Good morning, Marketers, and how do you see the customer?

That seems to be a question at the top of the list for many in our space. The right data can sharpen your focus and help you become more relevant and valuable to your prospects. When you “see” their intent, based on the progress along their customer journeys, you can save time by focusing your attention on the most likely purchasers.

Because of the influx of digital contacts and touchpoints over the last 18 months, you are likely seeing more of your customers. Your business might have updated its conversational technology across chat and phone channels, increasing the insights that can be taken from those interactions. But this also means there is potentially more noise, more data to sift through intelligently.

If you happen to actually see your customer at an in-person event in the coming months, it won’t be entirely the same as when you saw them back in 2019. Because of the transformations underway, marketers have discovered different ways of seeing.

Chris Wood,


What is call analytics and how does it deliver key insights to marketers?

Call analytics software manages the inbound phone channel (including both landlines and mobile phones), handling tasks from assigning call tracking numbers to measuring, monitoring, analyzing and reporting the resulting caller data and campaign results. These platforms provide call tracking, recording, routing and attribution tools to enable these functions.

Faced with the worst public health crisis in more than a century, U.S. consumers used the telephone more than ever before. As a result, inbound phone calls have become fundamental to many digital marketing strategies, and the conversations that occur provide valuable insights into caller wants and needs. Marketers that can mine phone conversations for keywords spoken, caller intent and conversions can make essential connections between phone calls and the digital campaigns that drive them.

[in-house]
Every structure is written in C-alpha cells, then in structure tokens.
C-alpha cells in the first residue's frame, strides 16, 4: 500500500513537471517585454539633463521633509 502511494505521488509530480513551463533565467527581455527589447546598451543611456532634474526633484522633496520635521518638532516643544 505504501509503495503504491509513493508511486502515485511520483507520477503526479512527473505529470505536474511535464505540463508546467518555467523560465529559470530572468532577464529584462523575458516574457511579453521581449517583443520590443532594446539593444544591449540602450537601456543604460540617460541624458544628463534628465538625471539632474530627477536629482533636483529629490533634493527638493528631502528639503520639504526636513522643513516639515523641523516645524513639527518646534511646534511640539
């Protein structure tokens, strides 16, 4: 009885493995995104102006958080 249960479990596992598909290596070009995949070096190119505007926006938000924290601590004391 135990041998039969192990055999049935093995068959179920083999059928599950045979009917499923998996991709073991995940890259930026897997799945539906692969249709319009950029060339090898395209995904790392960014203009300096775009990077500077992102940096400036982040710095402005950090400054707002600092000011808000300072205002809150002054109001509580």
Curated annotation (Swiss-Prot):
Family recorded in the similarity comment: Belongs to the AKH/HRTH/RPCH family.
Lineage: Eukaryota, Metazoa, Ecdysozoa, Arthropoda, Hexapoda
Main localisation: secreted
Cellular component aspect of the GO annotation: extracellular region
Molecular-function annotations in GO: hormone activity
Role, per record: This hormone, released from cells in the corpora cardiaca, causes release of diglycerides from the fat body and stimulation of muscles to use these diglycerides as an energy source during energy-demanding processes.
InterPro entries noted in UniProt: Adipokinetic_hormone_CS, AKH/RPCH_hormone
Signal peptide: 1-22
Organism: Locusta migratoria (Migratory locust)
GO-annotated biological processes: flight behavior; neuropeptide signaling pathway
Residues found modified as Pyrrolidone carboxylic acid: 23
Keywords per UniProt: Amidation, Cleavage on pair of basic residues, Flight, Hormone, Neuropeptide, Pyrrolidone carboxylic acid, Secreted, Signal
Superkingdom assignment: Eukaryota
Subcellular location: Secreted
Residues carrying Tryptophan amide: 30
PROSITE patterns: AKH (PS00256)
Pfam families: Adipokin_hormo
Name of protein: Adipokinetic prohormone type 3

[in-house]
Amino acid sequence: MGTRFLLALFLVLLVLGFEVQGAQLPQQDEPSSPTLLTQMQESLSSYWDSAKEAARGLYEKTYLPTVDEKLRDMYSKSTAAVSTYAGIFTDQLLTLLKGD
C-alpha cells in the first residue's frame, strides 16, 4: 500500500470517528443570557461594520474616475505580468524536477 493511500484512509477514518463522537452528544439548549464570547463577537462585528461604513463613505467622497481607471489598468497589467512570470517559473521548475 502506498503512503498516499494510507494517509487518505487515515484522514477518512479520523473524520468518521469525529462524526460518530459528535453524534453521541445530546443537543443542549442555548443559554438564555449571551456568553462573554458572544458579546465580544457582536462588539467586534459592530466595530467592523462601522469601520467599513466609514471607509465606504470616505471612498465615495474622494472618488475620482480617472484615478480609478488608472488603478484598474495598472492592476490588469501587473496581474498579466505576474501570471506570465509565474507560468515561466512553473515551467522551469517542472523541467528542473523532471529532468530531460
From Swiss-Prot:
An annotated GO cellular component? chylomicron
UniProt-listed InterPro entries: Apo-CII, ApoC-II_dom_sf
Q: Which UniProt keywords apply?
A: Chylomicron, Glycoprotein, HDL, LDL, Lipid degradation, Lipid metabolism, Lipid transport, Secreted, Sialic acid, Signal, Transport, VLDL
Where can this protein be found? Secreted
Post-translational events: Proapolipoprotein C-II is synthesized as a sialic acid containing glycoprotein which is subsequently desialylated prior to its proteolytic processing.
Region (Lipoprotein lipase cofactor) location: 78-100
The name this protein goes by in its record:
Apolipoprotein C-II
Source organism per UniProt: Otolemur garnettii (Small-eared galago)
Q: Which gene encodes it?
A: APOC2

The benefits of using call analytics platforms include: Improved multi-channel attribution; a more unified view of the customer; optimized campaigns; better sales staff productivity; and better sales performance.

Read more here.


Data models in your CX strategy

Today’s marketers have access to more data than ever before. The increasing number of devices, and people using them, has allowed brands to personalize customer experiences. Yet relying solely on technology and data could end up doing more harm than good.

“Intuitively, we as marketers in this digital transformation age think, ‘Technology, data…that will help us,’” said Frans Riemersma, CEO of MartechTribe, in his MarTech presentation. “So what do we do? We’ll equip our customers with even more technologies and cookies and what have you. It’s more data and more technology, but it doesn’t mean we see the customer.”

He added, “So what we’re actually trying to do is to create a snapshot of customer needs and then try to figure out what the data and technology are doing so we can cater to their needs and speak to them in a relevant way.”

Here are three experience models that will help you determine what levels of CX strategy integration are present within your marketing organization:

  • Channel-driven — focus on tracking and monitoring audiences in their channels.
  • Data-driven — focused on getting to the root of why specific audience events occurred. They rely on marketing databases and dashboards to analyze many customer channels, all to remedy any issues and understand their market segments.
  • Journey-driven — reviewing the customer journey from a holistic perspective should be the main goal of your CX strategy. 

Read more here.


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Personalization over attention grabbing

“Marketing is no longer about grabbing attention, but rather it’s about creating real connections, building that emotional resonance and spurring action throughout the customer journey,” said Nina Butler, Director of Event Experience for B2B gifting platform Alyce, at the recent MarTech conference.

In other words, for marketers to make meaningful connections with potential customers, they have to make the most out of every engagement. They have to think in terms of not just alerting prospects but crafting moments for them.

During the pandemic, in-person events and meetings went virtual, and customer interactions became much more dependent on digital communications. But this digital transformation in customer relationships had been underway many years prior to 2020. The risk with this transformation is that many of these touches have become rapid-fire and impersonal.

“As automation and advanced marketing technology has made our lives easier, we’ve also created more processes in our workflows and, as a result, more touches than ever,” said Butler.

Read more here.


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Quote of the day

Creative briefs: Marketoon of the Week

“I’m increasingly convinced that the single most powerful sales tactic is to genuinely not care if you land the prospect or not.” Kirk Williams, Owner of ZATO Marketing